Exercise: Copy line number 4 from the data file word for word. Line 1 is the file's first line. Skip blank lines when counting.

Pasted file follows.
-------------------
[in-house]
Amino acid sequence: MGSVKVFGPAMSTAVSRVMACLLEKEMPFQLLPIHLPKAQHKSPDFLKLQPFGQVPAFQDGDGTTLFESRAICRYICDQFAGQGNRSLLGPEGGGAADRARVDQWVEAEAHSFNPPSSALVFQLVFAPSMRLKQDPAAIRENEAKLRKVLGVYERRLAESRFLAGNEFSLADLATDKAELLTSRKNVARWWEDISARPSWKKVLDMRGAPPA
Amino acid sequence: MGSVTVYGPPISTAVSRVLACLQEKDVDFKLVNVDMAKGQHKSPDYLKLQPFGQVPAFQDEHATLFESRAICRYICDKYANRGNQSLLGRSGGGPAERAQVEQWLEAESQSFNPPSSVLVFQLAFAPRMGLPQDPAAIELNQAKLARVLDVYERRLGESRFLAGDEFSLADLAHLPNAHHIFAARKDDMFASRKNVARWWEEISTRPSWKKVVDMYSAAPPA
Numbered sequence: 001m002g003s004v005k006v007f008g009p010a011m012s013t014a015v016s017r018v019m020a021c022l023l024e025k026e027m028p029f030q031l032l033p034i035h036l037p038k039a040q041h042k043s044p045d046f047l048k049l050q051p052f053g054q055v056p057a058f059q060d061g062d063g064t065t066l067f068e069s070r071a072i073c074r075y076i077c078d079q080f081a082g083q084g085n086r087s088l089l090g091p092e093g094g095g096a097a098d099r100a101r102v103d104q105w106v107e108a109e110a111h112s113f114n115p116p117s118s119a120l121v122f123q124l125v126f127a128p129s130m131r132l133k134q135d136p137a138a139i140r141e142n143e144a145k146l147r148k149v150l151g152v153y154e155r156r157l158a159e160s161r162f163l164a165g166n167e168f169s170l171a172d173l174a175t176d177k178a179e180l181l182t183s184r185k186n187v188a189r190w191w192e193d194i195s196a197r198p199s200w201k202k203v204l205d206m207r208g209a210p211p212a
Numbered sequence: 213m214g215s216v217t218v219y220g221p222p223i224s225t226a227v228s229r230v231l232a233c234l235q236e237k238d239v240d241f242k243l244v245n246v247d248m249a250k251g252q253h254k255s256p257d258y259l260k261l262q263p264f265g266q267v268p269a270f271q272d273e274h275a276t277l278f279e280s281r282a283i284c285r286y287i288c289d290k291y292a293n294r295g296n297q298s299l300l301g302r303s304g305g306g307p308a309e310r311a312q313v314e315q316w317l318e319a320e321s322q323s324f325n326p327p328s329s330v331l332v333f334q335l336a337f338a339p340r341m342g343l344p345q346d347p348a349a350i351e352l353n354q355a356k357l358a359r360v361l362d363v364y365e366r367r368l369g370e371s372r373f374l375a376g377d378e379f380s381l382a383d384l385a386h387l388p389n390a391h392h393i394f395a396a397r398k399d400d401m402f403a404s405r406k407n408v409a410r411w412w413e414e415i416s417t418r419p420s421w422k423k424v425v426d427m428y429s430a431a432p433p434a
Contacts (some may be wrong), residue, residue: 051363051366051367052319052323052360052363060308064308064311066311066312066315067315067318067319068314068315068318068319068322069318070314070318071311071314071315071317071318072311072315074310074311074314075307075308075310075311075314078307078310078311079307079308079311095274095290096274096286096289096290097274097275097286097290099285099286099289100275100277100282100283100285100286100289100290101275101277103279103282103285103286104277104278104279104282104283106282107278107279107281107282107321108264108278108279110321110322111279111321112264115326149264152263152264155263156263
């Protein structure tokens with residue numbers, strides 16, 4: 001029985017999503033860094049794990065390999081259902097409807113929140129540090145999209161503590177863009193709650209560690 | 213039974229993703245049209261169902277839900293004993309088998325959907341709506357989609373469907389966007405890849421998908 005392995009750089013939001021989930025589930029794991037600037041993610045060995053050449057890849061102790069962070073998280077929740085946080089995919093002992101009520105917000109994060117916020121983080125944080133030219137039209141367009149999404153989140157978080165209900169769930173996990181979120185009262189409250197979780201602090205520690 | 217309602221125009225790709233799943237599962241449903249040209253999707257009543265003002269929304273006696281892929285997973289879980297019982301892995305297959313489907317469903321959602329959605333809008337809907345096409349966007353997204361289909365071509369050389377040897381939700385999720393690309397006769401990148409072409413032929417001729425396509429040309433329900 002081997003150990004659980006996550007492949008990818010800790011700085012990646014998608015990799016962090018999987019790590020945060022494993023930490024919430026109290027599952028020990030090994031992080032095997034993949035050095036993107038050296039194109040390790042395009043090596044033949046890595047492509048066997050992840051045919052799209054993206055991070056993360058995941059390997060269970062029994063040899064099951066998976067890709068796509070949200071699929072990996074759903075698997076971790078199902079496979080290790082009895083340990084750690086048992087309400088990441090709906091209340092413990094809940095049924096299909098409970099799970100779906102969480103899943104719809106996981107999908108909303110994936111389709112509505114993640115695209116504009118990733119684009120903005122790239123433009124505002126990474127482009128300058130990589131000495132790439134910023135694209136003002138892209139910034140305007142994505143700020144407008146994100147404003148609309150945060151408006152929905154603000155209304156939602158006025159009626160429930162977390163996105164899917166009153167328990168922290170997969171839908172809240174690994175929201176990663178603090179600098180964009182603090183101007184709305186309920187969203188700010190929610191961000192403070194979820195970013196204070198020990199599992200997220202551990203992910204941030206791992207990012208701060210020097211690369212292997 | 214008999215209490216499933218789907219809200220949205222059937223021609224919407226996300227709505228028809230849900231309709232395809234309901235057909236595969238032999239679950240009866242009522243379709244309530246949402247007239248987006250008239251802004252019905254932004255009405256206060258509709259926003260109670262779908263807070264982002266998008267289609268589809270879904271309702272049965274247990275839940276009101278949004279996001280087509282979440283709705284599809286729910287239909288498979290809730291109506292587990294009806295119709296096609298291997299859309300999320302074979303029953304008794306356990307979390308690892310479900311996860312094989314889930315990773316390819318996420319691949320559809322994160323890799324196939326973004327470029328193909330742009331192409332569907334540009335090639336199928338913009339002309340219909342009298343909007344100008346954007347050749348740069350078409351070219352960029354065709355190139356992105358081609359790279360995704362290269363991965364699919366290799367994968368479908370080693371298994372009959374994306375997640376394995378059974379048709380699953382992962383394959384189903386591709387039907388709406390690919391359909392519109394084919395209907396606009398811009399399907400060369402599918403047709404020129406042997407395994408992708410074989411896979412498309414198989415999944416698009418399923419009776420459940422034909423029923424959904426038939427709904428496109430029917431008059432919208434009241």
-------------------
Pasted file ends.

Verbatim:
Numbered sequence: 001m002g003s004v005k006v007f008g009p010a011m012s013t014a015v016s017r018v019m020a021c022l023l024e025k026e027m028p029f030q031l032l033p034i035h036l037p038k039a040q041h042k043s044p045d046f047l048k049l050q051p052f053g054q055v056p057a058f059q060d061g062d063g064t065t066l067f068e069s070r071a072i073c074r075y076i077c078d079q080f081a082g083q084g085n086r087s088l089l090g091p092e093g094g095g096a097a098d099r100a101r102v103d104q105w106v107e108a109e110a111h112s113f114n115p116p117s118s119a120l121v122f123q124l125v126f127a128p129s130m131r132l133k134q135d136p137a138a139i140r141e142n143e144a145k146l147r148k149v150l151g152v153y154e155r156r157l158a159e160s161r162f163l164a165g166n167e168f169s170l171a172d173l174a175t176d177k178a179e180l181l182t183s184r185k186n187v188a189r190w191w192e193d194i195s196a197r198p199s200w201k202k203v204l205d206m207r208g209a210p211p212a